On St. Patrick's Day, protect yourself from alcohol's scary health consequences

cms1030
Hundreds hopped aboard Philadelphia's annual Erin Express on St. Patrick's Day. March 17th, 2012.

All the weeks leading up were just practice. This is the real deal - St. Patrick's Day weekend. But the wearing of the green doesn't need to extend to your complexion. And even the most determined merrymakers shouldn't depend on the luck of the Irish to to have a memory-worthy holiday celebration.

It should go without saying that nobody should ever drive after drinking. If you indulge, take a bus, train, cab, Uber – just don’t get behind the wheel.

And if you’re at all health-minded,  before embarking on a day-into-night drinkfest, you might want to consider exactly why the morning after never feels as fun as the night of.

“Alcohol puts the toxic in intoxication,” said Aaron White, senior scientific adviser with the National Institute on Alcohol Abuse and Alcoholism. As with any toxic substance, alcohol sends your immune system into overdrive, accounting for that lousy, hung-over feeling, according to the Mayo Clinic.

“The next day, you feel this malaise,” White said. “In effect, you’ve poisoned yourself.”

There is nothing like abstinence, though moderation takes a close second. With that in mind, we asked White how revelers can best survive this buzz saw.

First of all, forget anything you have seen about hangover preventions like Pedialyte. Nothing will prevent a hangover if you drink too much. End of story.

But there are some smart ways to pace yourself.

  • Before you indulge, have a meal, advised White. Those old posters you see in Irish bars about Guinness being good for you may have been good for sales back in the day, but what your body needs is ballast.

One of the first things alcohol does is irritate your stomach. That’s one reason public vomiting is one of the less cherished parts of the Erin Express. Food acts as a bit of a buffer and can slow the absorption of alcohol.

Just know that if you drink too much, no meal, whatever the grease content, will save you.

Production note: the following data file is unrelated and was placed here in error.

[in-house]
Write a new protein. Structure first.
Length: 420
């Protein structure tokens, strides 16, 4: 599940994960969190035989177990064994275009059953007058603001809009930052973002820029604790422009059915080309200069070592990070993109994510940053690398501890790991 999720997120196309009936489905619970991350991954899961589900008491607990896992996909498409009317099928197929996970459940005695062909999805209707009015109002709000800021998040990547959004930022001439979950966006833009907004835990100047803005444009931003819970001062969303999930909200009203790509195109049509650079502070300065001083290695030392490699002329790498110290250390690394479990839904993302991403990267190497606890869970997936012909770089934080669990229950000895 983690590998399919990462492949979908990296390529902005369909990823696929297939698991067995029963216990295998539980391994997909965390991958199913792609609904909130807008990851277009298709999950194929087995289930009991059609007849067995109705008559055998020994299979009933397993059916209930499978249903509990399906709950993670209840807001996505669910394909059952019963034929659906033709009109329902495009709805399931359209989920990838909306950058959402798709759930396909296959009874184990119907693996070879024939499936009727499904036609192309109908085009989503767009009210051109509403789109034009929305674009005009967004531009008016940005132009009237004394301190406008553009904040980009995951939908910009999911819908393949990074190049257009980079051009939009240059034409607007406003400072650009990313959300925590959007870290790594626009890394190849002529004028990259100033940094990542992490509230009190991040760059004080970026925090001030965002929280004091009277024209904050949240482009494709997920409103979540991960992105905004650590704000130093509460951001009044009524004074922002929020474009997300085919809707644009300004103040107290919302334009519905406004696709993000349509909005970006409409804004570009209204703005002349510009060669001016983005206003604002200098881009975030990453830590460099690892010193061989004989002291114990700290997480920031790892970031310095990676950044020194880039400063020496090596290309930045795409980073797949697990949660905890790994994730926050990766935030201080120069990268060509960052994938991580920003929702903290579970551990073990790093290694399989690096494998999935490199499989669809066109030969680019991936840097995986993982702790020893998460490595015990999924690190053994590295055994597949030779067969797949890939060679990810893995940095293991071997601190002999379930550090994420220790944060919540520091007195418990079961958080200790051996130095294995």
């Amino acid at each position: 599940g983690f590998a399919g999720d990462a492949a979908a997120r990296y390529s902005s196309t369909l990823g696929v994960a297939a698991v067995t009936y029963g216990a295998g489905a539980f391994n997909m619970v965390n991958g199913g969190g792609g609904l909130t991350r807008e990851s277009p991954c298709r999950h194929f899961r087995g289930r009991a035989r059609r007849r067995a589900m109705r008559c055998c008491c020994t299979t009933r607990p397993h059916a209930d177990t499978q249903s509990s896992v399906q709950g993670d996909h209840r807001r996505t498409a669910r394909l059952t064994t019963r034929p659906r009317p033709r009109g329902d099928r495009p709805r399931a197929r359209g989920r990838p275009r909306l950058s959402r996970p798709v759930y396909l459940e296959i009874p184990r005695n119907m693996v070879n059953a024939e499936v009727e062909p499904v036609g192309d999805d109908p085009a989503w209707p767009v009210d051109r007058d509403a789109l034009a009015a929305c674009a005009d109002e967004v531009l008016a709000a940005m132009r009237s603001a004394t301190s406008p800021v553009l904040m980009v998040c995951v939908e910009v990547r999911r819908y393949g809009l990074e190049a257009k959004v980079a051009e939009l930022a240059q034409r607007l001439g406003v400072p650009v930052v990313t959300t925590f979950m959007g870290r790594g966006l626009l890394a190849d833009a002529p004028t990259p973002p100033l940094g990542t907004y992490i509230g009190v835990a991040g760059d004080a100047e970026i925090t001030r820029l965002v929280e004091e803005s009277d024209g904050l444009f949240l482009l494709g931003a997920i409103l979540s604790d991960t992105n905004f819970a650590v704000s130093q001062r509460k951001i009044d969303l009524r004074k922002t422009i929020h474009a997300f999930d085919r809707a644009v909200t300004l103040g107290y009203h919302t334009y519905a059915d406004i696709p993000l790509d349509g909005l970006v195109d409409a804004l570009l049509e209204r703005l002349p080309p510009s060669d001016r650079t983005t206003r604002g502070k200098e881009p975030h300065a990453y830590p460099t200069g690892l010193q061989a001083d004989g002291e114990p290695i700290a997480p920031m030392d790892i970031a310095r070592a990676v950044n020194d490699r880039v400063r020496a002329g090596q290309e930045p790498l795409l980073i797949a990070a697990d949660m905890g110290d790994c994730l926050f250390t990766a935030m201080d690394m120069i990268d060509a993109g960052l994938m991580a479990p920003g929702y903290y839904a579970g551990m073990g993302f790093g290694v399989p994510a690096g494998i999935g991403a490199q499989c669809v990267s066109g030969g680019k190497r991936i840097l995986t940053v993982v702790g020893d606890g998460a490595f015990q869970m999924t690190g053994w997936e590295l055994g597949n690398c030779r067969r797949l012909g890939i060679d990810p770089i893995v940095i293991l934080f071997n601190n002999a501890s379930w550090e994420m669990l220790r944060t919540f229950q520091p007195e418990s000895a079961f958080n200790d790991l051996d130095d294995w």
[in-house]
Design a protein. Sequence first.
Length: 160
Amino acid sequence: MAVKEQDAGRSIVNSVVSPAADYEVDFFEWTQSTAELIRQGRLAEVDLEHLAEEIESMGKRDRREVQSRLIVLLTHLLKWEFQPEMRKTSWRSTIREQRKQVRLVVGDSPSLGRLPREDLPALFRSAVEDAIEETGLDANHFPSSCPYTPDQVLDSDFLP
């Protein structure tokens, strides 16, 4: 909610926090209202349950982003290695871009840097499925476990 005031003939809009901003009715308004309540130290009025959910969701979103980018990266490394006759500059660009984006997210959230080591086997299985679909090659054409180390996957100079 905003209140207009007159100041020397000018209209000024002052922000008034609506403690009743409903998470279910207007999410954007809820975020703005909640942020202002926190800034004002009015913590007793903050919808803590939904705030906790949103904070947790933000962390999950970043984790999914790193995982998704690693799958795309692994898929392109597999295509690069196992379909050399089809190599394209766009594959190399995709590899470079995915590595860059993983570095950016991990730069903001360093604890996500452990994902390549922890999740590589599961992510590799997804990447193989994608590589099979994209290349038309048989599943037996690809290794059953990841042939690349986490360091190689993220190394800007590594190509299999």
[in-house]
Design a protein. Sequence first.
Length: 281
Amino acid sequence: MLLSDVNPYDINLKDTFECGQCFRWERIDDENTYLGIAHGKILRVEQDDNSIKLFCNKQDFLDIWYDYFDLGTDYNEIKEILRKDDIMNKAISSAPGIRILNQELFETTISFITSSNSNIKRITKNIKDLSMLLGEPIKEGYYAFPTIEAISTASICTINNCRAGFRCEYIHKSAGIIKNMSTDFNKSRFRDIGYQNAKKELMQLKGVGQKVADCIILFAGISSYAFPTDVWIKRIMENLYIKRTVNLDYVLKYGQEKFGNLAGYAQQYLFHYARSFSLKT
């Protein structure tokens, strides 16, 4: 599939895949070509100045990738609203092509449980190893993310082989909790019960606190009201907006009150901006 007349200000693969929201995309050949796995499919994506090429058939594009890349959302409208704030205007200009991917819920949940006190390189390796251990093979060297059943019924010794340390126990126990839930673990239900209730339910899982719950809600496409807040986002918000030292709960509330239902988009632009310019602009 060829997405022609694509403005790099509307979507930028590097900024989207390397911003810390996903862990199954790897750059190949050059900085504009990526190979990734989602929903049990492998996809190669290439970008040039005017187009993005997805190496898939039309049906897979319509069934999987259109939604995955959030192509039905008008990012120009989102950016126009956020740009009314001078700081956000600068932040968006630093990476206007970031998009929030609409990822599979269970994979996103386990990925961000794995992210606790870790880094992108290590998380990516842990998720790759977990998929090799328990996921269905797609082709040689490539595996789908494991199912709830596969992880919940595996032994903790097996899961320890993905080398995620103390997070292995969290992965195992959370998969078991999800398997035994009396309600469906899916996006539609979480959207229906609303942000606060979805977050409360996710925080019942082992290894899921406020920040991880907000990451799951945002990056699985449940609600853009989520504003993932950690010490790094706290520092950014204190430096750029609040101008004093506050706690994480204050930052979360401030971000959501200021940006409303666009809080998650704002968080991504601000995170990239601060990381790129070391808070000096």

• Another wise move is to drink nonalcoholic fluids and plenty of them. Alternate nonalcoholic beverages with the alcoholic ones.  Alcohol makes your body produce more urine, which dehydrates you, contributing to the next day’s hangover.

Consuming healthy fluids also helps dilute the alcohol and its effects on your body. As White said, “all of your organs and tissues get bathed in alcohol."

  • Keep track of how much you are drinking. Alcohol can disrupt frontal lobe activity, impairing judgment. It can also suppress the part of the brain that deters us from risk-taking.

Drink enough, and you can even shut down breathing and gagging, which are  governed by the brain stem -- and essential for life.

With a blood-alcohol content of 0.35 percent -- that's about 11 drinks in four hours for a 130-pound woman; 16 drinks for a 160-pound man -- a drinker has a 50-50 chance of death from fatal brain stem suppression, White said.  

  • Don't mix alcohol with other substances. More than 22 percent of all opioid overdoses involve alcohol, White added.

If despite your best efforts at behaving yourself, you end up with a pounding head — because alcohol does make your blood vessels expand — avoid acetaminophen.  That and the alcohol make a harmful combination for your liver.

Alcohol is a famous sleep disrupter, so you will likely be very tired the next day, on top of everything else. But the old so-called cure of another drink just postpones the inevitable.

“The hair of the dog may help for a little while," White acknowledged. "But you’re only delaying the misery."

Continue Reading